The rules of the American electoral system, which many see as ambiguous, are returning to the fore these days. Winning the presidency depends mainly on the votes of the electorate, even if it contravenes the results of the popular vote.
President Donald Trump won the presidency in 2016 over his rival Hillary Clinton, despite getting nearly 3 million more votes than her Republican rival.
But Trump’s meager victory in critical states has crossed the necessary threshold of 270 votes for the electorate to win.
The 538 members of the electorate meet in their state capitals once every 4 years after the presidential elections to determine the winner, as the presidential candidate must obtain the absolute majority of the body’s votes, or 270 out of 538 votes.
The top electors in their states will meet on December 14th to choose a president and vice president.
Under US law, “they meet and vote on the first Monday, after the second Wednesday in December.”
On January 6, 2021, Congress will announce the president-elect to take the oath of office on January 20.
Suggestions for system modification
This system dates back to the Constitution of 1787, which defined the rules for presidential elections by indirect universal suffrage in one round.
The founding fathers of the United States saw in this a compromise between the election of a president by direct universal suffrage and his election by Congress, according to a system they considered undemocratic.
Over the decades, it submitted to Congress hundreds of proposals for amendments or the abolition of the electorate, but none of them passed, but the debate was renewed strongly after Trump’s victory.
It is noteworthy that the majority of the electorate is unknown to the electorate, and most of them are elected officials or party officials, but their names do not appear on the ballot papers.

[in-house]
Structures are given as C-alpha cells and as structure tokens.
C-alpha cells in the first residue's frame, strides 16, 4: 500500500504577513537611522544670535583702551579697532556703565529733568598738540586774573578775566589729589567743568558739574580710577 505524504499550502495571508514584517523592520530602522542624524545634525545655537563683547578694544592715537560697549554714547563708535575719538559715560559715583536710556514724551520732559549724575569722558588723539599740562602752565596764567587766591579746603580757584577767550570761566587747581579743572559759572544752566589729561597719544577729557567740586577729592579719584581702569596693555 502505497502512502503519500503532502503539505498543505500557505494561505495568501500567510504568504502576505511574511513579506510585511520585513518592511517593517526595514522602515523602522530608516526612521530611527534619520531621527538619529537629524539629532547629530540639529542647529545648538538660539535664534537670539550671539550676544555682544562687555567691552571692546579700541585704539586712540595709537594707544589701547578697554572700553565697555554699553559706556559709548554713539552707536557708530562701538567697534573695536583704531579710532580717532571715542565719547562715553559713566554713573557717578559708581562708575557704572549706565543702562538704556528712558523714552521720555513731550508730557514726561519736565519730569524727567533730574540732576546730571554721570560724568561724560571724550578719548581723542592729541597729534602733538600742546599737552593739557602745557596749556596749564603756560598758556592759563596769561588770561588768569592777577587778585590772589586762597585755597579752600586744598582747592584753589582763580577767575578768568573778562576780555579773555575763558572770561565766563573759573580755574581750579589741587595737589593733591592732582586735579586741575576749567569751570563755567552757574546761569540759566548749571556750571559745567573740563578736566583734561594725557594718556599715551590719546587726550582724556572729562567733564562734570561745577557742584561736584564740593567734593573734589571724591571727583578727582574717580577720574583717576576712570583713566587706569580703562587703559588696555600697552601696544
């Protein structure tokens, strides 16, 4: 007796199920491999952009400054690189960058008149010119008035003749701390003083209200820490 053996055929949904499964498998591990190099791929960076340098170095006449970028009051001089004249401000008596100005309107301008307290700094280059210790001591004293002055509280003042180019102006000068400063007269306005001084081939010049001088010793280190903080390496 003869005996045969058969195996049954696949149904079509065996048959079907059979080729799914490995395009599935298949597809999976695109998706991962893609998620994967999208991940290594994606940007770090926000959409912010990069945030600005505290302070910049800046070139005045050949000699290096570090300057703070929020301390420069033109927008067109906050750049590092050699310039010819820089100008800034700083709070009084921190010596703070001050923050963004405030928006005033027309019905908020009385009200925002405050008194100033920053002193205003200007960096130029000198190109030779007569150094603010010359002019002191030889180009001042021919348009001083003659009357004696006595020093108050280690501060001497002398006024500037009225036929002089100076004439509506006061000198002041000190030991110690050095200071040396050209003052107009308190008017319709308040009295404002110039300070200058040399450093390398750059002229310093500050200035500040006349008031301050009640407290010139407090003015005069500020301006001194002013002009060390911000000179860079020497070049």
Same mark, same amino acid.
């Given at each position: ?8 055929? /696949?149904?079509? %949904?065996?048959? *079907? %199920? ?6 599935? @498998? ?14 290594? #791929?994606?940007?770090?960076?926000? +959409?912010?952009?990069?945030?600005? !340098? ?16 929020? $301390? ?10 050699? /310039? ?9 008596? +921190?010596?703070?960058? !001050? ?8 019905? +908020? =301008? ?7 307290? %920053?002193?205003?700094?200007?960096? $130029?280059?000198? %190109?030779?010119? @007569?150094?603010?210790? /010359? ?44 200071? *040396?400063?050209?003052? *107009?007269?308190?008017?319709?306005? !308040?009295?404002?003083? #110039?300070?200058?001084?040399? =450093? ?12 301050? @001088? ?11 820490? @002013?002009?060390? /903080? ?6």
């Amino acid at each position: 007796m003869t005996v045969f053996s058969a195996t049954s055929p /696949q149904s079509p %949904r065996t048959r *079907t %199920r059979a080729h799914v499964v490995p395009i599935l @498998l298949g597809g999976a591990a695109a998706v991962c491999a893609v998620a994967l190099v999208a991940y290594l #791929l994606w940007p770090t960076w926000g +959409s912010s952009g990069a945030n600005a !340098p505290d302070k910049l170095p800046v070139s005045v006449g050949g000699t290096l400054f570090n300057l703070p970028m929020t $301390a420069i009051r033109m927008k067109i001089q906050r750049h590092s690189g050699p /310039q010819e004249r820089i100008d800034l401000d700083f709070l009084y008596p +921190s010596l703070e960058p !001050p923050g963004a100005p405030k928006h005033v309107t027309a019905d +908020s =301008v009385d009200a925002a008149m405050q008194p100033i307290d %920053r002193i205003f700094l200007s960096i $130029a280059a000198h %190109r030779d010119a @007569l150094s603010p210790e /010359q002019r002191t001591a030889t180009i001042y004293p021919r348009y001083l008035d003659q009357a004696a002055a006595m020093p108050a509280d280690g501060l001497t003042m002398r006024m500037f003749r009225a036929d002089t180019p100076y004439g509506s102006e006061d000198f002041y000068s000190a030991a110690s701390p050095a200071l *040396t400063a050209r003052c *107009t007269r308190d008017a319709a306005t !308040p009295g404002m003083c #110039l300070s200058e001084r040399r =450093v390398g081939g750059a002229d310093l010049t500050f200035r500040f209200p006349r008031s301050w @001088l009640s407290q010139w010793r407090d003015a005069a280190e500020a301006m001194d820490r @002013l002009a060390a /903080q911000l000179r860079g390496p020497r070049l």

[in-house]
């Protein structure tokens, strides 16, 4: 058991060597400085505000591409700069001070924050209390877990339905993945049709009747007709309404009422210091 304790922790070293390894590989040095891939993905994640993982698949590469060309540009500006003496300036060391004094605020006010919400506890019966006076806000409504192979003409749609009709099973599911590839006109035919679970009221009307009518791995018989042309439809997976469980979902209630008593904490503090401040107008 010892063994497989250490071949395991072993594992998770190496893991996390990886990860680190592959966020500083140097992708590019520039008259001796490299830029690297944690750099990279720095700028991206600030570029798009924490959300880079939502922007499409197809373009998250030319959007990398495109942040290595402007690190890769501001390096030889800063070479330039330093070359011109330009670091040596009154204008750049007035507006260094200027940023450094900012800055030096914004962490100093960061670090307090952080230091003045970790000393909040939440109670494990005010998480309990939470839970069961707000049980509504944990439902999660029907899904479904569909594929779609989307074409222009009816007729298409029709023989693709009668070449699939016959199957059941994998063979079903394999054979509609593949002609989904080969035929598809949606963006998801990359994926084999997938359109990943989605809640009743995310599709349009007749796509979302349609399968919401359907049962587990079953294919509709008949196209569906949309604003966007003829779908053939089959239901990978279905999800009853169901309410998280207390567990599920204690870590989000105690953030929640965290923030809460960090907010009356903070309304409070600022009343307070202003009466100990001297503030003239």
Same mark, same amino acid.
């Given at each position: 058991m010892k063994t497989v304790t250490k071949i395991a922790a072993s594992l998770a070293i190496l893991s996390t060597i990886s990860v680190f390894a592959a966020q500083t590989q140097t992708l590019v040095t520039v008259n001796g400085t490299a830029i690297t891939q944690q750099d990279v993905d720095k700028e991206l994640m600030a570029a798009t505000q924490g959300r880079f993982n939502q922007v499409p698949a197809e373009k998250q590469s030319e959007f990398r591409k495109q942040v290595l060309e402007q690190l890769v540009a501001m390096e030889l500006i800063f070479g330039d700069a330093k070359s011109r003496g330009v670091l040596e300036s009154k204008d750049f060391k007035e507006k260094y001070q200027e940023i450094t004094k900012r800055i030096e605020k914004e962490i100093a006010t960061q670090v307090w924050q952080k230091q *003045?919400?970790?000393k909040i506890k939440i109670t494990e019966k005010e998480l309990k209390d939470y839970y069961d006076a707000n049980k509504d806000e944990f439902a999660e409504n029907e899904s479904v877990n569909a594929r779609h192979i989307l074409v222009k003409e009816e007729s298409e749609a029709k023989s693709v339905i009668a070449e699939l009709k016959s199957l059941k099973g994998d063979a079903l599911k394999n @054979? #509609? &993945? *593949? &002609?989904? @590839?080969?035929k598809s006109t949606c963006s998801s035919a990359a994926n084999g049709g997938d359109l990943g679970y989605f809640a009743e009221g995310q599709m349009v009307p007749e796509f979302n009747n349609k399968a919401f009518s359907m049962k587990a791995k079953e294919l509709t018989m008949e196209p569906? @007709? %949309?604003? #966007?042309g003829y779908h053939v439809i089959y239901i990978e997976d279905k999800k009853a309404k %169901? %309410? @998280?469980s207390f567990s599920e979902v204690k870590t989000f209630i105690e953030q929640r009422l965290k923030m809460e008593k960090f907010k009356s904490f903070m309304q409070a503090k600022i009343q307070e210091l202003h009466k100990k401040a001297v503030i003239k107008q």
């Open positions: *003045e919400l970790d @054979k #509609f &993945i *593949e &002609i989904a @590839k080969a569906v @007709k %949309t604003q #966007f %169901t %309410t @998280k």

Each state has as many electors as its representatives in the House of Representatives (according to the state’s population) and in the Senate (two for each state regardless of size).
The constitution gives states the freedom to determine the mechanism for selecting members of the commission. In all states except Nebraska and Maine, the candidate who wins the most votes gets the votes of all the major electors.
When Trump won 306 votes from the top electorate, millions of disaffected Americans signed a petition calling on major Republican voters to block him, but only two members responded.
Although Trump won the presidency despite losing the popular vote is questionable, it was not unprecedented, as he was preceded by five previous presidents.
The 2000 elections also witnessed great confusion between George W. Bush and Democrat Al Gore. With Gore winning by 500,000 votes at the national level, Bush succeeded in weighting the Florida vote, raising his share of the electorate to 271, which won him the presidency by one vote.
The constitution does not force the major voters to vote in one direction or another, as they can contradict the results of the popular vote for their states, and 180 members of the commission have done so throughout American history. Some states penalize the “dishonest” with a fine if they do so, but their vote remains in effect.
But this year, the Supreme Court ruled that states can punish major voters who abstain from voting, with laws compelling them to vote based on the outcome of that state’s popular vote.